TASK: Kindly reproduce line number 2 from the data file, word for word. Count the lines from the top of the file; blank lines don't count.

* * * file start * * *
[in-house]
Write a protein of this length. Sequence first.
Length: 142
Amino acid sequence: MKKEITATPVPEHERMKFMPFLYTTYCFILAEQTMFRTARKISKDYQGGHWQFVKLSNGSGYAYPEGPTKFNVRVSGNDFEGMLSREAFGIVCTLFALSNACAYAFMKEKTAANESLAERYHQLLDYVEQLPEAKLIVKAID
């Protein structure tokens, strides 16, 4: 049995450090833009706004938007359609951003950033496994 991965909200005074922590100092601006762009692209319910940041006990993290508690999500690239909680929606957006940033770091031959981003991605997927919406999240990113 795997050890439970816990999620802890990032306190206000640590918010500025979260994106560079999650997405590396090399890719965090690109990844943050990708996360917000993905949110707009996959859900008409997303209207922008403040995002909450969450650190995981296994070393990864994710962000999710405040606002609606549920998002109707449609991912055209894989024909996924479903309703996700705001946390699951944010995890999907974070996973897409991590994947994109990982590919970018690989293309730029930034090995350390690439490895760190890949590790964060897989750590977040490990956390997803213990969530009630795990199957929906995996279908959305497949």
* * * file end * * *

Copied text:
Write a protein of this length. Sequence first.